-If several parties have formed a coalition, the coalition will be considered as the contesting party subject to these restrictions

The party or candidate must maintain income and expenditure details. Within two days, such details must be properly accounted. The Election Commission must have access to these accounts at any given moment. The party is expected to audit these expenses by a reputed independent auditor and submit the records within 60 days of the election to the District Returning Officer.

*The EC is required to prepare regulations and a system of auditing. The set expenditure ceiling can be reviewed every five years.

*Propaganda expenditures –

-For all printed/issued/displayed - hand bills, flags, artwork, photographs or other propaganda material

-For Electronic or Print media advertisements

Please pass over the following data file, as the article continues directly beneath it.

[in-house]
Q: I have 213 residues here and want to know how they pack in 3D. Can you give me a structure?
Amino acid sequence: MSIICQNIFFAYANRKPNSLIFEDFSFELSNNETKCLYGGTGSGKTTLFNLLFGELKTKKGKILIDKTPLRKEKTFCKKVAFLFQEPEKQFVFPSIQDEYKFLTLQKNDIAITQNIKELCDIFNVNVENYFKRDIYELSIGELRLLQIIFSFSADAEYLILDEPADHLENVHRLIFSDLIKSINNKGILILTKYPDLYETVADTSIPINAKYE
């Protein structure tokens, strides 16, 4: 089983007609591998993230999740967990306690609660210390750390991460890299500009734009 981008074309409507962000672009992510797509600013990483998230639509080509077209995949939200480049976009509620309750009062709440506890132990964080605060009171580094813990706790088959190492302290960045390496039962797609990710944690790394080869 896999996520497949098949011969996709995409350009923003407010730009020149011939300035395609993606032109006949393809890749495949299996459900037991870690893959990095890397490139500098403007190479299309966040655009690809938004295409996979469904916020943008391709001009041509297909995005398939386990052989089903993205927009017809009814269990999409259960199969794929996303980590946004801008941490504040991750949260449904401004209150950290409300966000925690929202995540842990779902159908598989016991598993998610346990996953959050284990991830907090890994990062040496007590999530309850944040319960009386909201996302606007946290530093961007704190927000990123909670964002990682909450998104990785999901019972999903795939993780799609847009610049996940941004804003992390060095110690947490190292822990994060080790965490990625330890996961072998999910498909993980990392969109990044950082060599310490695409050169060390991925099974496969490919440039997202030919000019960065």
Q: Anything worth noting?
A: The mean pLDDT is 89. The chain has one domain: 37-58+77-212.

-For all hired vehicles, rented offices and other such material.

-Payments for campaign workers excluding family members

All these expenses have to be well documented (must cover propaganda work against the rival candidates as well)

* Open a separate account in a permitted Bank, exclusively for campaign expenses within one week of the polls declaration. Within seven days of the polls date, the account must be closed and the bank statements handed over to the Chief Returning Officer.

*Those who deposit money to the account must have written approval from the account holder and write the name, address and national ID number in the deposit slip.

*A party or a candidate cannot fund a propaganda campaign of a different candidate or a different political party

*The Election Commission should be able to take action against a non-contesting political party or civil society group trying to discredit a contesting party or a candidate